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On Nov 20, 2003, at 20:06, Andy Jones wrote:

Hypothetical rant: we've been computing as a species for 60+ years?!?1
can't we have accurate math!?!?!

It's called "rounding error" and I'm afraid it's due to the limitations of how we store decimal numbers. In some senses rounding error can be said to be a product of decimal arithmetic itself. So I think we're stuck with it.

When using integers (I mean the natural whole numbers, not any language-specific type) there is not rounding error even if performing computations using floating-point arithmetic on a computer.

The result of 1 * 100 + 5 * 10 + 0 is exactly 150 even when using floating-point arithmetic.

I also cannot recommend "What Every Computer Scientist Should Know About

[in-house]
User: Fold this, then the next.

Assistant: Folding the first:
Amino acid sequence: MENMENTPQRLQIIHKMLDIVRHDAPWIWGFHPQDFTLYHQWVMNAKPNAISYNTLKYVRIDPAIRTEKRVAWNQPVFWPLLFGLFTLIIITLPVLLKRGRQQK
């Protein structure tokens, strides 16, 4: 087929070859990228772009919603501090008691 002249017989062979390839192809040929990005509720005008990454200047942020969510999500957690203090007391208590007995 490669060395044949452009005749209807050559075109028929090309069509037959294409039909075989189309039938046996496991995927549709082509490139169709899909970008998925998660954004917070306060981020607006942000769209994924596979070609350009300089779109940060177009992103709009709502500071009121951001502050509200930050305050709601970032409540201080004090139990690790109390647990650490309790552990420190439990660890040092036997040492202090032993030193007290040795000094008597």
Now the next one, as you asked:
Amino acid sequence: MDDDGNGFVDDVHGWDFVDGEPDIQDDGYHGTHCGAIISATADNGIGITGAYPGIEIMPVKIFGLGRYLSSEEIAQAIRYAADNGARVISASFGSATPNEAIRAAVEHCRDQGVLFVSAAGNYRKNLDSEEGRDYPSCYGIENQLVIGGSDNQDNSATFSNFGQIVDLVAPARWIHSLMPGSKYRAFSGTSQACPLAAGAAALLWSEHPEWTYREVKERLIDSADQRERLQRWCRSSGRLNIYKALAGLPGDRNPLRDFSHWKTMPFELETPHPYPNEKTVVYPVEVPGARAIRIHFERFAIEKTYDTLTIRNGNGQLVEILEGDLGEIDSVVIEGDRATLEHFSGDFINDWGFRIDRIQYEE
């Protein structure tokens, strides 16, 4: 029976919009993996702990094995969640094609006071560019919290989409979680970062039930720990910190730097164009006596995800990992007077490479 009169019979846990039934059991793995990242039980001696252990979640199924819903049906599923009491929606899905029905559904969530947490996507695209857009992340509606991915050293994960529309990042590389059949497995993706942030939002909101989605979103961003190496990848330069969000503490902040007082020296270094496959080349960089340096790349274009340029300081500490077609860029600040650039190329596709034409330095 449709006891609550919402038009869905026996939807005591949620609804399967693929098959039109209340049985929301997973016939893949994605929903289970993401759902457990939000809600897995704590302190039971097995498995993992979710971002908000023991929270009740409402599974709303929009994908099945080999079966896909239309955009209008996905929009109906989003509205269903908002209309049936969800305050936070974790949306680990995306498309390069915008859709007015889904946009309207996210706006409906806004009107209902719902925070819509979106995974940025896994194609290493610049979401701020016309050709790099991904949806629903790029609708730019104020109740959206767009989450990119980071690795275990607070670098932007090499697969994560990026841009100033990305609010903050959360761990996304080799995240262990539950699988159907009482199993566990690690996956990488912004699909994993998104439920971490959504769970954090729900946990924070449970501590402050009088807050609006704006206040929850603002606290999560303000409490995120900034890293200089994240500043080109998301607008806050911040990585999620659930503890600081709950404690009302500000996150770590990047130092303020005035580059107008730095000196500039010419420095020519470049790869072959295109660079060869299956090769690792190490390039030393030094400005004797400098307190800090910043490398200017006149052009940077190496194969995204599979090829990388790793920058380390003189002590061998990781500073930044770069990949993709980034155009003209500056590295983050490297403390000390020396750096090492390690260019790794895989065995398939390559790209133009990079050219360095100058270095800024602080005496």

Floating-Point Arithmetic" too highly.

Lua can bring out problems with the implementation of strtod, for converting from a printed decimal form to the internal floating point representation, and printf, for converting from floating point to printed form, on some platforms. Basically some platforms get the wrong answers even for apparently simple cases like strtod("113") or printf("%17d", 14). There is no excuse for this (it's the fault of the provider of the system C libaries usually) but it can be hard for users to do anything about it.